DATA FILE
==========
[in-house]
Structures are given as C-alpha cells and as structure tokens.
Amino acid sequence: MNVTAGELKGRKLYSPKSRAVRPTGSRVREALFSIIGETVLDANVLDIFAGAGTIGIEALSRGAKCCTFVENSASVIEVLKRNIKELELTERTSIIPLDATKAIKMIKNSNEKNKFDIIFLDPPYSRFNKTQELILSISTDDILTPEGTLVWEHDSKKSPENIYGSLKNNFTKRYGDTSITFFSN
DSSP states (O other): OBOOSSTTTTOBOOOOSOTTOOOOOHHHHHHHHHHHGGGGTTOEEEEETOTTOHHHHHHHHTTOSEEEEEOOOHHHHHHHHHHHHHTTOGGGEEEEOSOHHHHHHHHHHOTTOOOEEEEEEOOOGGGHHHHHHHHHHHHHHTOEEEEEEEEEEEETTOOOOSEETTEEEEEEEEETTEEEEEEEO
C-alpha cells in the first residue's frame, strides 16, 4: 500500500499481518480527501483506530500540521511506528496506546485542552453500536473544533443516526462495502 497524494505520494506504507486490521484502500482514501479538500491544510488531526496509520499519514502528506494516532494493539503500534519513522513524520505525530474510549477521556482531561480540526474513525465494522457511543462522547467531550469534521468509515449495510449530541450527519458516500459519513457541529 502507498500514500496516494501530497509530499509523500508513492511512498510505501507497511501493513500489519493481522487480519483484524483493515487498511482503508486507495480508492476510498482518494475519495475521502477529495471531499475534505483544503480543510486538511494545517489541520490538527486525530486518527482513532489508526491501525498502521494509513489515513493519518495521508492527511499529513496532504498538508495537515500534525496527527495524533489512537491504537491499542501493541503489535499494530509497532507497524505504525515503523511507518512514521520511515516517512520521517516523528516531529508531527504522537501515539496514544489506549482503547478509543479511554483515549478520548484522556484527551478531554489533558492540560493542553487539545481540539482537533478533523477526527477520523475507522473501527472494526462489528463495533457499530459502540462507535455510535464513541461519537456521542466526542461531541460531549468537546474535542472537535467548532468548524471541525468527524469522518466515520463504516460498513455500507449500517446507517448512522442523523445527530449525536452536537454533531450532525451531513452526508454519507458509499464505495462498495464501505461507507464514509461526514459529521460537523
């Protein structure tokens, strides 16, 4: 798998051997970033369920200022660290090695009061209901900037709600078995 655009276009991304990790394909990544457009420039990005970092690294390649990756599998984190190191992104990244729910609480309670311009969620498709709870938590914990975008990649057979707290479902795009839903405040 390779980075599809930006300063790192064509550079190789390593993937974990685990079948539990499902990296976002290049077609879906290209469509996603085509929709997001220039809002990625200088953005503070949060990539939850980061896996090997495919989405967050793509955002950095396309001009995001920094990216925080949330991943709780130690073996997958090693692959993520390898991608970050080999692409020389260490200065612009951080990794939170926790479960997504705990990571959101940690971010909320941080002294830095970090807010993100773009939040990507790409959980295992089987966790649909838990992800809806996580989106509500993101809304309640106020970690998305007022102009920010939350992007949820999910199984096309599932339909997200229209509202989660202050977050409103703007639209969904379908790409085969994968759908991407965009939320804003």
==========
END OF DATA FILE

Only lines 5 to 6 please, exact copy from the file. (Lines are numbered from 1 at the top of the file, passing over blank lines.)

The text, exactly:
C-alpha cells in the first residue's frame, strides 16, 4: 500500500499481518480527501483506530500540521511506528496506546485542552453500536473544533443516526462495502 497524494505520494506504507486490521484502500482514501479538500491544510488531526496509520499519514502528506494516532494493539503500534519513522513524520505525530474510549477521556482531561480540526474513525465494522457511543462522547467531550469534521468509515449495510449530541450527519458516500459519513457541529 502507498500514500496516494501530497509530499509523500508513492511512498510505501507497511501493513500489519493481522487480519483484524483493515487498511482503508486507495480508492476510498482518494475519495475521502477529495471531499475534505483544503480543510486538511494545517489541520490538527486525530486518527482513532489508526491501525498502521494509513489515513493519518495521508492527511499529513496532504498538508495537515500534525496527527495524533489512537491504537491499542501493541503489535499494530509497532507497524505504525515503523511507518512514521520511515516517512520521517516523528516531529508531527504522537501515539496514544489506549482503547478509543479511554483515549478520548484522556484527551478531554489533558492540560493542553487539545481540539482537533478533523477526527477520523475507522473501527472494526462489528463495533457499530459502540462507535455510535464513541461519537456521542466526542461531541460531549468537546474535542472537535467548532468548524471541525468527524469522518466515520463504516460498513455500507449500517446507517448512522442523523445527530449525536452536537454533531450532525451531513452526508454519507458509499464505495462498495464501505461507507464514509461526514459529521460537523
């Protein structure tokens, strides 16, 4: 798998051997970033369920200022660290090695009061209901900037709600078995 655009276009991304990790394909990544457009420039990005970092690294390649990756599998984190190191992104990244729910609480309670311009969620498709709870938590914990975008990649057979707290479902795009839903405040 390779980075599809930006300063790192064509550079190789390593993937974990685990079948539990499902990296976002290049077609879906290209469509996603085509929709997001220039809002990625200088953005503070949060990539939850980061896996090997495919989405967050793509955002950095396309001009995001920094990216925080949330991943709780130690073996997958090693692959993520390898991608970050080999692409020389260490200065612009951080990794939170926790479960997504705990990571959101940690971010909320941080002294830095970090807010993100773009939040990507790409959980295992089987966790649909838990992800809806996580989106509500993101809304309640106020970690998305007022102009920010939350992007949820999910199984096309599932339909997200229209509202989660202050977050409103703007639209969904379908790409085969994968759908991407965009939320804003």